Israel says their military aircraft have bombed Hamas facilities in the Gaza Strip on Friday, March 15, hours after two rockets were launched from the Palestinian enclave towards the city of Tel Aviv in the first such attack since a 2014 war.
The air strikes hit four buildings used by the dominant Islamist group’s security forces, which Hamas had evacuated as a precaution of escalating tensions. There has been no word of casualties.
The Israeli military said its planes targeted “terror sites” in the Hamas-controlled Gaza Strip.
On Thursday night, sirens howled in Tel Aviv—Israel’s densely populated commercial capital—set off by what the military said were two incoming, longer-range rockets from Gaza.
The Israel Defense Forces later confirmed that neither of the two rockets caused any damage and there were no casualites, adding that the rockets had landed in the sea or not in any built-up areas.
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Hamas has denied responsibility for the attack, which it said took place as its leaders met Egyptian delegates about efforts to secure a long-term ceasefire with Israel.
A statement by the Hamas armed wing said it was “not responsible for the firing of the rockets tonight toward the enemy.” The Hamas administration vowed to “take measures” against those behind the salvo, which it described as violating the “factional and national consensus” governing Gaza.
Islamic Jihad and the Popular Resistance Committees, two smaller Gaza armed factions, also denied responsibility.
Israeli analysts speculated that Palestinian militants opposed to any deal between Hamas and Israel were behind the launchings.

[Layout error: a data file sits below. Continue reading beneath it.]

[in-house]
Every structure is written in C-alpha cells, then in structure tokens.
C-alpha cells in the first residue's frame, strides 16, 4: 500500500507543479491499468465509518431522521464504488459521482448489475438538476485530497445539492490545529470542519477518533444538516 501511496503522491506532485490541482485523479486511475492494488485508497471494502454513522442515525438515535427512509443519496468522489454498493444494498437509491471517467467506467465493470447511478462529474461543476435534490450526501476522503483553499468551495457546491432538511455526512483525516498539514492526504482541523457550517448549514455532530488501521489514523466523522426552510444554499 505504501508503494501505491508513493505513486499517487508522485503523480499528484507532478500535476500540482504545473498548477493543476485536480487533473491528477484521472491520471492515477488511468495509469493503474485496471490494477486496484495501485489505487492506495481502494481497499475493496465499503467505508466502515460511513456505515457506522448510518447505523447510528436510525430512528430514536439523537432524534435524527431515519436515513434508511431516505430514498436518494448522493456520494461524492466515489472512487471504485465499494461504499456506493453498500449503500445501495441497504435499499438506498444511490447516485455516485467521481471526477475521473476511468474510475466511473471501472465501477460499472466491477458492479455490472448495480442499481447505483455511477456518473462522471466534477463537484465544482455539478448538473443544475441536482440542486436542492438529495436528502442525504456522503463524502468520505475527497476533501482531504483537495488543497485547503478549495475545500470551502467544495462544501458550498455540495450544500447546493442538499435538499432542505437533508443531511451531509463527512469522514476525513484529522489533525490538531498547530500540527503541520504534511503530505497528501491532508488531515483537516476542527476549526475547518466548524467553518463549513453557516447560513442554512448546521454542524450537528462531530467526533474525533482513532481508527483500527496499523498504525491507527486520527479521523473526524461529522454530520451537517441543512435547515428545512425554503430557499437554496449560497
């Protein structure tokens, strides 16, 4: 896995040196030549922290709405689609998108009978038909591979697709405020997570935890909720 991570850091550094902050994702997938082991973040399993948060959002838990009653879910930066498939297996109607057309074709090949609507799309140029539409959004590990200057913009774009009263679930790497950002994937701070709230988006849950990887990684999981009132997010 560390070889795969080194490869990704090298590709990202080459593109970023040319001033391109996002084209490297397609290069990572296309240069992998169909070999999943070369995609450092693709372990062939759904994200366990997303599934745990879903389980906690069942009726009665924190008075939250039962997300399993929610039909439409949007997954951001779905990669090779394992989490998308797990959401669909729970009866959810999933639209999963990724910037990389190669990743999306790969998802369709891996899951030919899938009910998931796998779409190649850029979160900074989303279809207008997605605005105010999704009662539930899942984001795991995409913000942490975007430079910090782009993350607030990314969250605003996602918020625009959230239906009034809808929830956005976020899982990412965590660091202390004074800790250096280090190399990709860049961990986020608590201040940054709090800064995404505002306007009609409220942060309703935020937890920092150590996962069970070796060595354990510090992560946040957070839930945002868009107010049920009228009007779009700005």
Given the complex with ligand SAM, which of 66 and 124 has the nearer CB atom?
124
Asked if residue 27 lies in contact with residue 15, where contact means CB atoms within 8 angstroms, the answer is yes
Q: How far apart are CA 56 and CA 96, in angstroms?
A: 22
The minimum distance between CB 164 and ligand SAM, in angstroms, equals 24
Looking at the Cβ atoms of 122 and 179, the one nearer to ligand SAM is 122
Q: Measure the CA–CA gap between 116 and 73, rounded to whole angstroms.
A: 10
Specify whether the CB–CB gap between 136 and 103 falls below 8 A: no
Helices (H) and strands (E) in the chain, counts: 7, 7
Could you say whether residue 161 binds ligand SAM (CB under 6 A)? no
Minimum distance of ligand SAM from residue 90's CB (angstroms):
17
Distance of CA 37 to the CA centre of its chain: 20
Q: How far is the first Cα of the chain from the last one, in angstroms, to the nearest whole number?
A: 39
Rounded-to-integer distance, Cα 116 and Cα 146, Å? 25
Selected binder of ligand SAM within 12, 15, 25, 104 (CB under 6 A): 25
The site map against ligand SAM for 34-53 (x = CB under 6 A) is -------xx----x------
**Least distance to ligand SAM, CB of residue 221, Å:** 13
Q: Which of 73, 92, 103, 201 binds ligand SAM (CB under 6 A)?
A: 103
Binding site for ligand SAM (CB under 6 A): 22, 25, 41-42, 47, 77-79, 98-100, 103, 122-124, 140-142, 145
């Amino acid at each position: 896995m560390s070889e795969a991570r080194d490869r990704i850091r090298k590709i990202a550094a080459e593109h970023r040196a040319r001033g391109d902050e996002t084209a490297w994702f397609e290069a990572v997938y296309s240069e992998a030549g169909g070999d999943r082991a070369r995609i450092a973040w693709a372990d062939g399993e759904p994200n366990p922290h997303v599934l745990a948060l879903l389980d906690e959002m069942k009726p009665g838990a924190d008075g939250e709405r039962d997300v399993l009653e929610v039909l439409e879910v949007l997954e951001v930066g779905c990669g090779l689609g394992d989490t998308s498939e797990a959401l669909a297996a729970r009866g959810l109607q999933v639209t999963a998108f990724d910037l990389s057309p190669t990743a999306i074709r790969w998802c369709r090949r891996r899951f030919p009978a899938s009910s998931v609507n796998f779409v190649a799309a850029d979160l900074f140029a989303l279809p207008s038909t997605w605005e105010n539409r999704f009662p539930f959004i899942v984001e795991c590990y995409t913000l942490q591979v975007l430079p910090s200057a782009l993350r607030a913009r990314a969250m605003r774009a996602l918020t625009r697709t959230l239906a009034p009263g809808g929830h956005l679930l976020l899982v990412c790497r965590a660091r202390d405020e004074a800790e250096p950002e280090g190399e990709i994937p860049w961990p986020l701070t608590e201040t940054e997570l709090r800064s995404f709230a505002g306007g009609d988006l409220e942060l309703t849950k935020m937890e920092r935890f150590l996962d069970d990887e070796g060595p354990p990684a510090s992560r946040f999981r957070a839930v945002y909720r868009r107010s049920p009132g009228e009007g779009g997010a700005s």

Israel is still trying to determine who fired the rockets. “We don’t know who carried it out,” military spokesman Brigadier-General Ronen Manelis told Israel Radio, adding: “The Hamas organization is the main organization in the Strip. It is responsible for what happens within the Strip and what emanates from it.”
Residents in Tel Aviv have been encouraged to stick to their usual daily routines. Tel Aviv Mayor Ron Huldai told Channel 10 news that the public air raid shelters across the city have been opened as a protective measure.
About 40 minutes after the alarm, traffic was flowing normally on Tel Aviv’s main highway.
Netanyahu, who doubles as Israel’s defense minister, conferred with his military and security staff, to decide the aircraft bombing response to the rockets. According to Israel’s Channel 10 news, anonymous military officials had said that the rockets had been identified as Iranian-made Fajr rockets.
Tensions have been high for the past year along the Israel-Gaza frontier since violent protests were organized near Israel’s border fence.
The Epoch Times staff contributed to this report.